But ministers, notwithstanding this, are under a great temptation to preach smooth things, and to shrink from what may emphatically be called the burden of the Lord. A false charity leads them, in some instances, to be unwilling to disturb
• Let any one read the discourses of Baxter, who seemed to speak as between heaven and hell, with the glories of one and the torments of the other open before him, and remember his success. Or let him peruse the discourses of Whitefield, which were followed with a measure of success unparalleled since the days of the apostles: what a pungent and alarming strain do we find running through them! Equally in point are the sermons of Jonathan Edwards, which were the means of an astonishing revival of religion in his town and neighbourhood. The preaching of that great man appears to have been more alarming than any which we are ever accustoined to hear. And, as to modern times, may it not be asked whether the most alarming preachers have not been the most successful ones. In further confirmation of this view of the subject, I might appeal to those popular tracts and treatises which have been so signally blessed for the conversion of sinners, such as “ Allein's Alarm,” “Baxter's Call,” “ Doddridge's Rise and Progress,” &c. If the reading of these has been so useful, surely it may be expected that preaching in a similar strain would be still more so.
the peace or distress the feelings of their hearers; or, perhaps, there are some in their congregation who may feel an objection to what they contemptuously call this harrowing style. But most of all are those in danger of compromising their duty, who are appointed to minister to well educated and wealthy audiences. We all, perhaps, feel it more difficult, even in private conversation, to deal plainly and faithfully with a rich man than a poor one; and we carry too much of this sinful respect of persons with us into the pulpit. We do not like to offend the delicacy of persons of refined sentiments and well-informed minds. Even the most pious ministers, the men not usually wanting in fidelity, are too susceptible of impressions of this nature, and are in some peril of softening the terms of their message, and, out of compliment to rank, wealth, or intelligence, merging the terrors of the Lord in the elegancies of style or the ornaments of eloquence.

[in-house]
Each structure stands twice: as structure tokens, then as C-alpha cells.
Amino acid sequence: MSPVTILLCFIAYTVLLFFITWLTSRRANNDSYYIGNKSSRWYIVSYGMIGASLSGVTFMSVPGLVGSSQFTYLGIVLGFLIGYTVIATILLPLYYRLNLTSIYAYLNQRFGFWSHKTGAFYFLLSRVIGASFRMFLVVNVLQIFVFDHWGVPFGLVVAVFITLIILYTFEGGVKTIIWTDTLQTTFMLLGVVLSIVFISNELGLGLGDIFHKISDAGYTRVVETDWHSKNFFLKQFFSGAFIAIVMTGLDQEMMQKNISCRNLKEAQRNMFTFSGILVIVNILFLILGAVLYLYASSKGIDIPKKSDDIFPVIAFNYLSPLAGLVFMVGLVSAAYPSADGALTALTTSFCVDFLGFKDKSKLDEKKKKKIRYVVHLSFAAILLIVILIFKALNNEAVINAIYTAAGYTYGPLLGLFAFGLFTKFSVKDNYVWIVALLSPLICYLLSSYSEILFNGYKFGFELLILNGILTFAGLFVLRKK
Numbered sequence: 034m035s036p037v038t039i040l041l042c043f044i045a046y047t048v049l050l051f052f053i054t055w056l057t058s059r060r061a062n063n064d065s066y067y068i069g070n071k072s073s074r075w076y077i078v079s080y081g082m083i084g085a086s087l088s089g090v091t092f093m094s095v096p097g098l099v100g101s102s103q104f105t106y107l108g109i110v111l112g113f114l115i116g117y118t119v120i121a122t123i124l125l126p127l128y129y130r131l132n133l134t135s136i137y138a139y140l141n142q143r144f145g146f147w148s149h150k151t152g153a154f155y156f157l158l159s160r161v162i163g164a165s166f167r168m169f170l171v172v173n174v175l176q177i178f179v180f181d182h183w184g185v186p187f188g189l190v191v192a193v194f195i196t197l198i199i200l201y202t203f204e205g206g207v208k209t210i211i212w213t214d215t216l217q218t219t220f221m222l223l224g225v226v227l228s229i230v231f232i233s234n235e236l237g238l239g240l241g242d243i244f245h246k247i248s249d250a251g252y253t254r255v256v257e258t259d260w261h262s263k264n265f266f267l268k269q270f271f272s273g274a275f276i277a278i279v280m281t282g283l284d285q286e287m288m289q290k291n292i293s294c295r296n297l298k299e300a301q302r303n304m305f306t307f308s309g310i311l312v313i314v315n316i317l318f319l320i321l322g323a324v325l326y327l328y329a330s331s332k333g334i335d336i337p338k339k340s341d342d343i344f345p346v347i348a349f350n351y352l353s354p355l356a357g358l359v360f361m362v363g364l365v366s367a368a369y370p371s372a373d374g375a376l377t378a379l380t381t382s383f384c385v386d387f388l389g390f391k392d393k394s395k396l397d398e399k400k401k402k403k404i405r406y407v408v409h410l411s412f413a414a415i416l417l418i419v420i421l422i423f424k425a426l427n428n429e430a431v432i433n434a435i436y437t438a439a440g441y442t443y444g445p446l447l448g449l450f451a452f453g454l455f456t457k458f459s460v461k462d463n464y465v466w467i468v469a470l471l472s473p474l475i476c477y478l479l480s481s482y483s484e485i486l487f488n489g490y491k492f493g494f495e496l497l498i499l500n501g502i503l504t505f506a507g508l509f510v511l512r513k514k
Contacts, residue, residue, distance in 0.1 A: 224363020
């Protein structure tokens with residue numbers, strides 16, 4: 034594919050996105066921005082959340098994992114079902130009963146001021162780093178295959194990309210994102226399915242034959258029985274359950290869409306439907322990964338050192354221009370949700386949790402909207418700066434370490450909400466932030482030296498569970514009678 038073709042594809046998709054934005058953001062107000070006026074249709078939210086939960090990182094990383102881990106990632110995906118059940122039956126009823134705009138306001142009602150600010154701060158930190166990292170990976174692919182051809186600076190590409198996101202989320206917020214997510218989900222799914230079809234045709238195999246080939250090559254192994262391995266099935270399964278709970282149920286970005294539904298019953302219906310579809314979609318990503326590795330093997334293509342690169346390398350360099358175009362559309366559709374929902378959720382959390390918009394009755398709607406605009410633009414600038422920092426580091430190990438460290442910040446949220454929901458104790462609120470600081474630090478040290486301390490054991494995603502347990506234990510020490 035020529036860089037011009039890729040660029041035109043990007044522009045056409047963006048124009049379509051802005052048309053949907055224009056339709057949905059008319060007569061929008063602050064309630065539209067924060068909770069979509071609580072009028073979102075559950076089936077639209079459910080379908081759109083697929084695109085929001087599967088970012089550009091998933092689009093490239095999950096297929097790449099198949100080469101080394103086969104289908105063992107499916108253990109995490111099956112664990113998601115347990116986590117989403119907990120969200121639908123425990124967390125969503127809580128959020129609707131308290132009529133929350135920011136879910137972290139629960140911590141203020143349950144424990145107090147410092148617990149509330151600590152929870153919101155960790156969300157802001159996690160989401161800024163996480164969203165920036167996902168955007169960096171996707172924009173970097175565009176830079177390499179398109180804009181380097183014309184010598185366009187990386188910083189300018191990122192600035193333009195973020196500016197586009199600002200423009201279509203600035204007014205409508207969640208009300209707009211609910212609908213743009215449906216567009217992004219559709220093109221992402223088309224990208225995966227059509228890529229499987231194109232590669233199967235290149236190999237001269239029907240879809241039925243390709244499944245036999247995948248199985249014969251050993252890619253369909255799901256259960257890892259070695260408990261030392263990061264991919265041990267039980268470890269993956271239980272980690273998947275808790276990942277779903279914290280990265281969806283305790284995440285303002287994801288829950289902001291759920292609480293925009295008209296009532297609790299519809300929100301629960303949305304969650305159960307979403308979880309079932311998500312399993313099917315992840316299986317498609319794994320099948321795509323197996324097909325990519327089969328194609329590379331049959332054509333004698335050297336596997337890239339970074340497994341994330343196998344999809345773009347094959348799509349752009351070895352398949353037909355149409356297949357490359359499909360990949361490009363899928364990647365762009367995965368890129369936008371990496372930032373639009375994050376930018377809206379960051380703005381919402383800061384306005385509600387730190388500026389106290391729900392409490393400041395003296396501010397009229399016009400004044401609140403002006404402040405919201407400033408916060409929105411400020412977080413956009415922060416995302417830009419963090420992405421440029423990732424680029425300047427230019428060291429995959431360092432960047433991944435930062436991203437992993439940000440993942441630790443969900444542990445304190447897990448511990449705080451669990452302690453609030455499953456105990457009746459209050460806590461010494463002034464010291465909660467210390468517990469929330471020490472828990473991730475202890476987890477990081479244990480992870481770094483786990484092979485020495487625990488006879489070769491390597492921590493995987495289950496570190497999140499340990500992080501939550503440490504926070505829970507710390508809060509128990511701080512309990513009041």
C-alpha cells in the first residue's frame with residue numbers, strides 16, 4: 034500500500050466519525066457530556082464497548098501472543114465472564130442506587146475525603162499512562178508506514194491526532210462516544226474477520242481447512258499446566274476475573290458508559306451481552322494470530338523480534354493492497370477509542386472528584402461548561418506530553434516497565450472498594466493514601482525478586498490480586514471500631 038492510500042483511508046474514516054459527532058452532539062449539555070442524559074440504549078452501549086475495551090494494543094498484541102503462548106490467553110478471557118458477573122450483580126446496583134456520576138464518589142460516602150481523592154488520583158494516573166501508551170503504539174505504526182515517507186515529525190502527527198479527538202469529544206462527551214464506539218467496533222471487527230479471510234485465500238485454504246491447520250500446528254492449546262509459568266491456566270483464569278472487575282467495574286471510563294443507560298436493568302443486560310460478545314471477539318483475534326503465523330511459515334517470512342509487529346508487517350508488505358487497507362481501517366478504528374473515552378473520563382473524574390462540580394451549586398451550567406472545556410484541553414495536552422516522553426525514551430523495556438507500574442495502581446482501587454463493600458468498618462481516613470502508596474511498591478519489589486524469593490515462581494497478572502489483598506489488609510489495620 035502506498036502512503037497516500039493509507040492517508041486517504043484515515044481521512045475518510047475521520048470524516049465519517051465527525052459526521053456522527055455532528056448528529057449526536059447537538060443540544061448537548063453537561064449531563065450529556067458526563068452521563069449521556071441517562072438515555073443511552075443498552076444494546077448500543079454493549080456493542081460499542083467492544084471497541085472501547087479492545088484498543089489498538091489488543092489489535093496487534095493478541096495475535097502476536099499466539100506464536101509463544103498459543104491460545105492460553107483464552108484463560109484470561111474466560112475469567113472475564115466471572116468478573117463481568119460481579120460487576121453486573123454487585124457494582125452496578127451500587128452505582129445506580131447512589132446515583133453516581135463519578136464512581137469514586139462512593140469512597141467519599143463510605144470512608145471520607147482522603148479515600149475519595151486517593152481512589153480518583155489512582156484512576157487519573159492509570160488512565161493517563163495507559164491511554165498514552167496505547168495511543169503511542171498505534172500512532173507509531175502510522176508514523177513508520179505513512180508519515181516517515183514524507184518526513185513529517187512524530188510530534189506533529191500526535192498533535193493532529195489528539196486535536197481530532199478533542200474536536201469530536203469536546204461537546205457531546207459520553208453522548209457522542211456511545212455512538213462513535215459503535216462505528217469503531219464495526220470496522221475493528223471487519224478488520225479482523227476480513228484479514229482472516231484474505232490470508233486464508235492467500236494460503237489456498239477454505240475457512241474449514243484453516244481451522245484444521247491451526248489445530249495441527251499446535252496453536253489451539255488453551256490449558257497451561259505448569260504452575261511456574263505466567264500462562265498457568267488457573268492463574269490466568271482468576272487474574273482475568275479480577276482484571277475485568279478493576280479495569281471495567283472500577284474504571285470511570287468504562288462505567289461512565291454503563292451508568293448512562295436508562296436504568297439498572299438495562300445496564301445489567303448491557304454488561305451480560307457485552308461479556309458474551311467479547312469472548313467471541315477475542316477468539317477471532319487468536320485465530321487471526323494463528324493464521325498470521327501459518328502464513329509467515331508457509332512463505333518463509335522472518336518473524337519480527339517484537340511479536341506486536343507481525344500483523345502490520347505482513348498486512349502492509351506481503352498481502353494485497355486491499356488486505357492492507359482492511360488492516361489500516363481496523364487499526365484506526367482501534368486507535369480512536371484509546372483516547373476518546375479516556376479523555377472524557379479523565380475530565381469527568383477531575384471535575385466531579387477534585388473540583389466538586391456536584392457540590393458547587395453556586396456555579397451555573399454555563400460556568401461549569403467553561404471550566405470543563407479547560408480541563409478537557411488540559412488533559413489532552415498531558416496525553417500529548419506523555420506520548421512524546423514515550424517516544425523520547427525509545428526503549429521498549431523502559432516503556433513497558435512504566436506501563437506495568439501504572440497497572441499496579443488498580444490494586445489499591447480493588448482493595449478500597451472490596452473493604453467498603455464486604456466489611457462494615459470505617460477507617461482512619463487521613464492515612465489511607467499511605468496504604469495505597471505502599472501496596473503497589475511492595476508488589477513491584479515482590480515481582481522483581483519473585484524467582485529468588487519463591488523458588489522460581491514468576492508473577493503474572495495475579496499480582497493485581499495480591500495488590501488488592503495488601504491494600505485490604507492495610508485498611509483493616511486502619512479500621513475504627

They will not, perhaps, dare to withhold the substance of truth, but in their attempts to render it palatable to persons of education, or property, or talent, they will so dilute it with foreign admixtures, as to deprive it of its efficacy. They will relate the parable, and leave the rich man to discover and make the application, instead of boldly saying, like the prophet to the monarch of Israel, “ Thou art the man.” Away, away with this false, this ruinous deference to the rich and the learned : it is treachery to God and their souls. At our peril is it, that we soften down the terrors of the Lord to please any man: we must not shun to declare the whole counsel of the heart to nobles or to monarchs, if we were to preach to them ; we must stand clear of the blood of the rich as well as of the poor. Did Paul regard the feelings of Felix ? No; but made him tremble upon his seat, with the themes of righteousness, temperance, and judgment to come.